He’s Just Not That Into You

By Gen Mc Bride

Okay. Try to follow me here.

Meet Gigi, a bright-eyed 20-something who’s navigating her way through the singles scene. Gigi has a date with Conor, a young, up and comer who buys her two drinks and kisses her on the cheek at the end of the date and says he’ll call her. And for some reason, Gigi believes him and thinks he may be “the one.”

So what does a single woman do when she’s found “the one?” Apparently women become obsessive-compulsive creatures who wait by the phone and check their voicemail repeatedly, watch their cell phone like a hawk and hang up on their mothers to keep the line open. She leans on her friends Beth and Janine for moral support when the phone call fails to come through. No call from Conor doesn’t stop Gigi from moving on to stalking Conor’s favorite watering hole. Enter Alex, the owner/bartender of said watering hole who becomes Gigi’s cynical sage, the all-knowing mentor who demystifies the puzzle of the uninterested male.

So why is Conor uninterested in Gigi? Because he still has a thing for Anna, his friend with benefits, although the benefits have been withheld for some time. But Anna’s just met Ben, a married man. The attraction between Anna & Ben is instantly mutual. Yet Ben fights the attraction, all the while trying not to lament his marriage to Janine. (Still following me?) Ben leans on his friend Neil for moral support. Neil’s single, but in his mind he’s as good as married to his longtime girlfriend, Beth, who is trying very hard to understand why they aren’t yet married. Meanwhile, Anna ponders the idea of going after a married man, using her friend Mary as her sounding board even though Mary isn’t exactly an expert on dating since her personal advisors are her gay coworkers.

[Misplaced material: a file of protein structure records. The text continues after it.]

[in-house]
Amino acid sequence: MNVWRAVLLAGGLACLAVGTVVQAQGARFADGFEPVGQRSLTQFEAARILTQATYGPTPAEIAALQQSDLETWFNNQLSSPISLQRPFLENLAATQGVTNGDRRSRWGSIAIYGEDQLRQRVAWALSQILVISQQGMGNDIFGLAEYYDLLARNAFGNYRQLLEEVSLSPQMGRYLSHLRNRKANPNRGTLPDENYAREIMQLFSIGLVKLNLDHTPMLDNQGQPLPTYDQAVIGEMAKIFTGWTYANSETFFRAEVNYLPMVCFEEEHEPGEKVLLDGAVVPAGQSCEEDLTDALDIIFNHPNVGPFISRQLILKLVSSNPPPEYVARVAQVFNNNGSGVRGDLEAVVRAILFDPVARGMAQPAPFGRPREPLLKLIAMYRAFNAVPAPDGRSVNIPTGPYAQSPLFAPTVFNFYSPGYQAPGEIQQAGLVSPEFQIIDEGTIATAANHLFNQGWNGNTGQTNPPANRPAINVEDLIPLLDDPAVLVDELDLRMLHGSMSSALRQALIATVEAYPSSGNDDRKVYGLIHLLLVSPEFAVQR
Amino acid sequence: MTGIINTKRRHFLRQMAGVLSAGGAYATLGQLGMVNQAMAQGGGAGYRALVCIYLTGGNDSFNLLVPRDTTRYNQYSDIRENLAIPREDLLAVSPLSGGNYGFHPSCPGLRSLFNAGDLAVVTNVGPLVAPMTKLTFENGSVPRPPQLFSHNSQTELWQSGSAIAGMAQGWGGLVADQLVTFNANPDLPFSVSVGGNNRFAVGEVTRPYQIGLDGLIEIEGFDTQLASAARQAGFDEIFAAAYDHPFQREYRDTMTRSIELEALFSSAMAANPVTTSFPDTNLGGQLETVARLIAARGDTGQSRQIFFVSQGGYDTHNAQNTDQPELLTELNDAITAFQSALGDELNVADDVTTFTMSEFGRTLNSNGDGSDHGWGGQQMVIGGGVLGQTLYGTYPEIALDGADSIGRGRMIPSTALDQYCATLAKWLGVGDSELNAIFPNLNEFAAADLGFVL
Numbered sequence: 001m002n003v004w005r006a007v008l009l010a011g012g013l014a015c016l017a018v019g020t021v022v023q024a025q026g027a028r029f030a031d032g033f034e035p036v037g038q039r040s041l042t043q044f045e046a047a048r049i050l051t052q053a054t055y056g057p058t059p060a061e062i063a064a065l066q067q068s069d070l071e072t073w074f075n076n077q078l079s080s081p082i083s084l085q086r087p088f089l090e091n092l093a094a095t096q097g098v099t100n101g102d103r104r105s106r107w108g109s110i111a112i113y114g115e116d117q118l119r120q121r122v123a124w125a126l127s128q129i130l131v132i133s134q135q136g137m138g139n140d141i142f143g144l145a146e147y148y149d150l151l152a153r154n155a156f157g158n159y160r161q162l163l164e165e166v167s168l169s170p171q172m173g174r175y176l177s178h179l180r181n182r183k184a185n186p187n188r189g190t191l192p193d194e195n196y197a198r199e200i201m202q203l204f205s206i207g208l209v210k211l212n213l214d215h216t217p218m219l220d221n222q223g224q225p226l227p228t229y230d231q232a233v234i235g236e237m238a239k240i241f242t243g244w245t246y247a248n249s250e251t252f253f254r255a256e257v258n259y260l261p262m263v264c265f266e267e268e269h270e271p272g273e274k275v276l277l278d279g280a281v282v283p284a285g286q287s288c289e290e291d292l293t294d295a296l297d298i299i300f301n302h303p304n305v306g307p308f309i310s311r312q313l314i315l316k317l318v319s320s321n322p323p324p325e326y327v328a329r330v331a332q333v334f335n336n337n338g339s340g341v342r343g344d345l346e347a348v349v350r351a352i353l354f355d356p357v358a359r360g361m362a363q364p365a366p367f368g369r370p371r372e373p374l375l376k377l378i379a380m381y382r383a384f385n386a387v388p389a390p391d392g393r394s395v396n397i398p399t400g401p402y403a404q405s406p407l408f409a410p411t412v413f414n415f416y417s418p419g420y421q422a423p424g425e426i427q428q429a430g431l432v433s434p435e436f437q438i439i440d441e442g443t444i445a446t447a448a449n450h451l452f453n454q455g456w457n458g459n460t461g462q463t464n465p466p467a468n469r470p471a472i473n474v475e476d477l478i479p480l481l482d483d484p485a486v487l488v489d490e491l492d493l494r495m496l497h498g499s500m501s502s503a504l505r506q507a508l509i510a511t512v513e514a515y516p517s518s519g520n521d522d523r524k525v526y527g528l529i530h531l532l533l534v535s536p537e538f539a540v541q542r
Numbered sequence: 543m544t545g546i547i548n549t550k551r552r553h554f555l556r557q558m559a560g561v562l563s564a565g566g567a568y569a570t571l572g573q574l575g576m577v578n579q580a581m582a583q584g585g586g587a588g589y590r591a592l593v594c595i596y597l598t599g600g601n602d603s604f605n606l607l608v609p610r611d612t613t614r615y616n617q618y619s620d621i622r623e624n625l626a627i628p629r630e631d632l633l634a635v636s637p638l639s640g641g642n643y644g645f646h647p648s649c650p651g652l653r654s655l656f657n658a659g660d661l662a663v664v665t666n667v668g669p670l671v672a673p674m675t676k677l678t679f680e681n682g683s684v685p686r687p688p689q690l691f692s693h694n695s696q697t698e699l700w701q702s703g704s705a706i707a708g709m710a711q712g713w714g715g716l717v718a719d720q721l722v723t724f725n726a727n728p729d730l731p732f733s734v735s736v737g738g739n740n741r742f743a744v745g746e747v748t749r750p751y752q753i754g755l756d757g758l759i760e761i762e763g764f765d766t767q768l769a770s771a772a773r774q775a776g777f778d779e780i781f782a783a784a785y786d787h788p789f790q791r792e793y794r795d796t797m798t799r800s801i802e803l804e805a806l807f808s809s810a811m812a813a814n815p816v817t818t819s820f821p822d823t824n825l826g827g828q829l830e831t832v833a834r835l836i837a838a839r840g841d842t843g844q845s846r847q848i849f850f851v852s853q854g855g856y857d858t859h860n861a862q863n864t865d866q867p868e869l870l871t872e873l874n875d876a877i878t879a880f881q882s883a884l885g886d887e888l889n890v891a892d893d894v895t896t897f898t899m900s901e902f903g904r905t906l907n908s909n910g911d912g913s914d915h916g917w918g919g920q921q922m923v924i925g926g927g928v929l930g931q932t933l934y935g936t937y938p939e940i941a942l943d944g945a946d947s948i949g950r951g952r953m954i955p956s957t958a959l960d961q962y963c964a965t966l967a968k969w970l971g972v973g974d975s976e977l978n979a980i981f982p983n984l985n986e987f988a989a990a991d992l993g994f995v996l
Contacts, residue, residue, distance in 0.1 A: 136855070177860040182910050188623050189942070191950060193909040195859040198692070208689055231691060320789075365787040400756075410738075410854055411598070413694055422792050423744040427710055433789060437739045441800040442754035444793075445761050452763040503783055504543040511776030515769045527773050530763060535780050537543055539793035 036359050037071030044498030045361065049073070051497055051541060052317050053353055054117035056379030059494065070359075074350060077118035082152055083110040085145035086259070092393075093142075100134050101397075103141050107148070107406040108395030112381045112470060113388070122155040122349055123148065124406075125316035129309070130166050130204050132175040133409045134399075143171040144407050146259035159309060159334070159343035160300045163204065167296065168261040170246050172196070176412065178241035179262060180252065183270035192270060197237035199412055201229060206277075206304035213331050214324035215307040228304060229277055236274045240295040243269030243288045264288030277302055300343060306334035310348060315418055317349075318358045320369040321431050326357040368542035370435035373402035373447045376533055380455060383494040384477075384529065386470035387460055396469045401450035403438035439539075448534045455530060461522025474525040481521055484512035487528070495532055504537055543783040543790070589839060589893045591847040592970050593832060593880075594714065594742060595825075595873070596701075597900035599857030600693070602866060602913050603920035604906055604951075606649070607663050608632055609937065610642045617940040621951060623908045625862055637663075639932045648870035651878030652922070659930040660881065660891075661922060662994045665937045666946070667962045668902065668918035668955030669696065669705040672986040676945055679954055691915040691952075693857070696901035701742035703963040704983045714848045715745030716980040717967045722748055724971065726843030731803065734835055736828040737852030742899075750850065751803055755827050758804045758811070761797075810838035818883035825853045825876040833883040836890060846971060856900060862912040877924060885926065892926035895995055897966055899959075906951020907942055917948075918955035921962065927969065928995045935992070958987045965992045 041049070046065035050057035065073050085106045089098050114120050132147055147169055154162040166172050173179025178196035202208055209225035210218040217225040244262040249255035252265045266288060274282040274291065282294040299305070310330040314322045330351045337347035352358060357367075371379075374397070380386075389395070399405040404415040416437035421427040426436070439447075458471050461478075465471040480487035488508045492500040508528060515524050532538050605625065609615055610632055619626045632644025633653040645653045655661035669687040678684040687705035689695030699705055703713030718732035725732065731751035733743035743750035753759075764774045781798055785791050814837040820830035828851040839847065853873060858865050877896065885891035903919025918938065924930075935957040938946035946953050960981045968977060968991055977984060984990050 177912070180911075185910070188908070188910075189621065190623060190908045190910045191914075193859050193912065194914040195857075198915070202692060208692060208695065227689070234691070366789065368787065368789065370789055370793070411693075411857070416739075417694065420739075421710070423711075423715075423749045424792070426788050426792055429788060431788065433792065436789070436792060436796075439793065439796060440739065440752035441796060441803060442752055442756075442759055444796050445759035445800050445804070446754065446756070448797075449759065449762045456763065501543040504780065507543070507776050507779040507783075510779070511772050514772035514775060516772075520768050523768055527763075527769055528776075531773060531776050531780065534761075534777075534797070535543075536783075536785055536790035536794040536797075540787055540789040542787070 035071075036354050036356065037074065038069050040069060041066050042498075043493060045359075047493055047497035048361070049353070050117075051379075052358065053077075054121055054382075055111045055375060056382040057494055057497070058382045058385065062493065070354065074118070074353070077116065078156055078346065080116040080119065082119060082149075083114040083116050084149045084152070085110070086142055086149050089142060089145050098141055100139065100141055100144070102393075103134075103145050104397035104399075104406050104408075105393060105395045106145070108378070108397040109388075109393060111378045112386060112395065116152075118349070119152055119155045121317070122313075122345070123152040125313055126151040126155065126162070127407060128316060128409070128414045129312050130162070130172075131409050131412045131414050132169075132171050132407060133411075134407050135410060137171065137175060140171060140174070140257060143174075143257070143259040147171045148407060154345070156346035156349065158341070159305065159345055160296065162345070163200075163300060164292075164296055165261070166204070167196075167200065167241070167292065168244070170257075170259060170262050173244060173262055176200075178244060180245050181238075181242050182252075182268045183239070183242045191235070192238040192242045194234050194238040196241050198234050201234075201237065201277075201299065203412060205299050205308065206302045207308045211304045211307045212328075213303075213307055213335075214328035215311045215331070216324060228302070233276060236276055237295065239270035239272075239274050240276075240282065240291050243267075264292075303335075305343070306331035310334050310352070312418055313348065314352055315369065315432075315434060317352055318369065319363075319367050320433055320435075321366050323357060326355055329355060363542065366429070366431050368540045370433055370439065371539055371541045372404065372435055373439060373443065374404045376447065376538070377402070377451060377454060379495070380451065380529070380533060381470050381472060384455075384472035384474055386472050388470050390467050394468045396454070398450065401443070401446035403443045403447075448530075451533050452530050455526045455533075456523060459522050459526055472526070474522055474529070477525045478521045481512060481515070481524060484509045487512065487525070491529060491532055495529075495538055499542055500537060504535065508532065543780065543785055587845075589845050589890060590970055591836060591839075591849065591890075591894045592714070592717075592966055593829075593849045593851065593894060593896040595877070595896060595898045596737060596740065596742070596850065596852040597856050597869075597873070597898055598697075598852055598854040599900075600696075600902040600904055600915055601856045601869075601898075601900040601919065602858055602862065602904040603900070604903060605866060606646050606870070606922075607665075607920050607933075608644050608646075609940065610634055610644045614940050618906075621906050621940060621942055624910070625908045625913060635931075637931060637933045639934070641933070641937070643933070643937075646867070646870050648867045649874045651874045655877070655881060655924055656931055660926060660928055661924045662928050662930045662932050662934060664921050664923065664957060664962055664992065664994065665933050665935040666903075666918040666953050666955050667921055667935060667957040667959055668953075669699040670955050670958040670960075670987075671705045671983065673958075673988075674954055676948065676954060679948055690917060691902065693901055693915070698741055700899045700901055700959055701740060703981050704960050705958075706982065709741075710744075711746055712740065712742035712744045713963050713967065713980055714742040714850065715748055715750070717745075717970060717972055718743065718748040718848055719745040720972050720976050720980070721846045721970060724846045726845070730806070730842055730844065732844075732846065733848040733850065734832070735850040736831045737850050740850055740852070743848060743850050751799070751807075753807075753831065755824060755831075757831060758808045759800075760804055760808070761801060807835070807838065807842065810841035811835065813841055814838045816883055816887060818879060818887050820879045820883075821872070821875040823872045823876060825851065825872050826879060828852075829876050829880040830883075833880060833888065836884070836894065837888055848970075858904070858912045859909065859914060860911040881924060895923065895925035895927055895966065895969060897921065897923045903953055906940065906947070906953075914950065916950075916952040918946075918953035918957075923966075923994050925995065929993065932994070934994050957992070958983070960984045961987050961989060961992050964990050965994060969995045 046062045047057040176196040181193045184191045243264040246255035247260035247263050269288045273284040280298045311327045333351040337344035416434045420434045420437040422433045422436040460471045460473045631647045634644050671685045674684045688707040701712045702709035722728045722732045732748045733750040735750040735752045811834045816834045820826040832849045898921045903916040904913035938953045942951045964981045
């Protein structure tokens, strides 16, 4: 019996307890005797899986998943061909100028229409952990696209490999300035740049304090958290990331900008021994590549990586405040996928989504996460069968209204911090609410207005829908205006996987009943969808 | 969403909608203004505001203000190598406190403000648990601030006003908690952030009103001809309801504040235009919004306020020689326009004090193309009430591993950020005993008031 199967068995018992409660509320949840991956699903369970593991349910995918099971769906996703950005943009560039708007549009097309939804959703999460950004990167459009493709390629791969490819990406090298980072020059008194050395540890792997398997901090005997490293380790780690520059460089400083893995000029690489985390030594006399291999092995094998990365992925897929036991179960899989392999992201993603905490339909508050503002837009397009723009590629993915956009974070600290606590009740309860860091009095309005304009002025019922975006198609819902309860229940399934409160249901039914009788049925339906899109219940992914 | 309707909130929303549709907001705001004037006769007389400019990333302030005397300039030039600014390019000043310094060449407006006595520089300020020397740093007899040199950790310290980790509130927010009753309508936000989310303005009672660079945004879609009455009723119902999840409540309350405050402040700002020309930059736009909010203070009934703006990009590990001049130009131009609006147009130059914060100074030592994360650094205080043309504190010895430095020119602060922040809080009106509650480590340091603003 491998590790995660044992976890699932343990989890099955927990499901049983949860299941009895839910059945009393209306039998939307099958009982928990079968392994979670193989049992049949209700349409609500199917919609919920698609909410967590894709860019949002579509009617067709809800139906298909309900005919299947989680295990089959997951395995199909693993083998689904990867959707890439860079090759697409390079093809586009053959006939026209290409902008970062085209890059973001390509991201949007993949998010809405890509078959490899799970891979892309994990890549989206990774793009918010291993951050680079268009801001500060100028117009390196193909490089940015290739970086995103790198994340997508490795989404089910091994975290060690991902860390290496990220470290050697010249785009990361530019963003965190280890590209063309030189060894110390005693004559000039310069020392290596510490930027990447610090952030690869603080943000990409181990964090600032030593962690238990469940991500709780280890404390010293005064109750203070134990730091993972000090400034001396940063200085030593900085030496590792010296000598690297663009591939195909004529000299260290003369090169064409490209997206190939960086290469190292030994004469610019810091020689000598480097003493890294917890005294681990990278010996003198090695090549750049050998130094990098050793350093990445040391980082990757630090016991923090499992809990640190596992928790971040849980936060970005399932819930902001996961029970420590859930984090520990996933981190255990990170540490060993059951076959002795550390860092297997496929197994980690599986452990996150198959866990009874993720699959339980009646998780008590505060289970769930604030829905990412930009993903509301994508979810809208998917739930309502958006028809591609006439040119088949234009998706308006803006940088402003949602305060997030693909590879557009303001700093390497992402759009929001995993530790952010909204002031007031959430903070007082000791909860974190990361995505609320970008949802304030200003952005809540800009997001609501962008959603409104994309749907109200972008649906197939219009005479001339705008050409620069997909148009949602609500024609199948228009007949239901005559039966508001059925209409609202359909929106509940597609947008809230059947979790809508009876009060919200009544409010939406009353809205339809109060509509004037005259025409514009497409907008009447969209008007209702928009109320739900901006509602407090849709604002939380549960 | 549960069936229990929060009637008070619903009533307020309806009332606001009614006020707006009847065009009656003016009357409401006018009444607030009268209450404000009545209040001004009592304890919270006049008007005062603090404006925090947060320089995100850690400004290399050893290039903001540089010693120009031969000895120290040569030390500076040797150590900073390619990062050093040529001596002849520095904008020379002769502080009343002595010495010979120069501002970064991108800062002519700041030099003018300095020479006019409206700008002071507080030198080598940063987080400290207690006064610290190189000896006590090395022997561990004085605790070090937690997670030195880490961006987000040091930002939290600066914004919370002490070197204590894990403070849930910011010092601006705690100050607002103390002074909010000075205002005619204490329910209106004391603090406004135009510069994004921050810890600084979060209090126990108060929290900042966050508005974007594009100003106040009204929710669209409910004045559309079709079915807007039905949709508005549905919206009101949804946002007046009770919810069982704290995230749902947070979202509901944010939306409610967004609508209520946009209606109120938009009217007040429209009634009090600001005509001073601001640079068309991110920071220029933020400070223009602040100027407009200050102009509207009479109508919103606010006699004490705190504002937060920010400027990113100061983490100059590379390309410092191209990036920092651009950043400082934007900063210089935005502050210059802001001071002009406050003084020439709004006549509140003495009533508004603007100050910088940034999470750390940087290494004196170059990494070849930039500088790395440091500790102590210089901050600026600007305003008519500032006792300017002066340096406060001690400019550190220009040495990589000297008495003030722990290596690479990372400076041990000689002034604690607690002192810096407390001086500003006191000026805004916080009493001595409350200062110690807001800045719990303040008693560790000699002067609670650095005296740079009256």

“He’s Just Not That Into You” is mishmash of funny anecdotes, disturbing stereotypes, acerbic wisdom and heartbreaking circumstances. With a strong, attractive cast and a witty script based on the book by Greg Behrendt and Liz Tuccillo, HJNTIY is an entertaining foray into the minds of 20 & 30-somethings who are trying to make sense of the right and wrong relationships.

In this ensemble, you have Ginnifer Goodwin and Kevin Connolly who play Gigi and Conor with an earnestness, that borders on manic (for Gigi) and with a touch of cute (for Conor). The sexy Anna is played handily by Scarlett Johannson while Bradley Cooper charms as Ben. Jennifer Connelly is the neurotic and suspicious Janine to the seemingly unconcerned Beth, played by Jennifer Anniston. (How did they keep these names straight on set?) Ben Affleck’s lowkey performance makes his Neil a sympathetic character, while Drew Barrymore, for the little screen time she had, was, in turns, endearingly bewildered and resigned. Justin Long makes the most of his screen time infusing Alex with wisdom and harsh compassion to make it one of his more unique portrayals to date.

Maybe because it’s hard to imagine anyone not being that into this good-looking ensemble, the movie had its biggest laughs from the real-people anecdotes interspersed throughout the film. Single moviegoers may find the unflattering representations hit too close to home, while some married viewers may see the same cracks in their mirrors. Still, HJNTIY is an entertaining diversion in which both genders will find something that will make them wince, chuckle or ponder.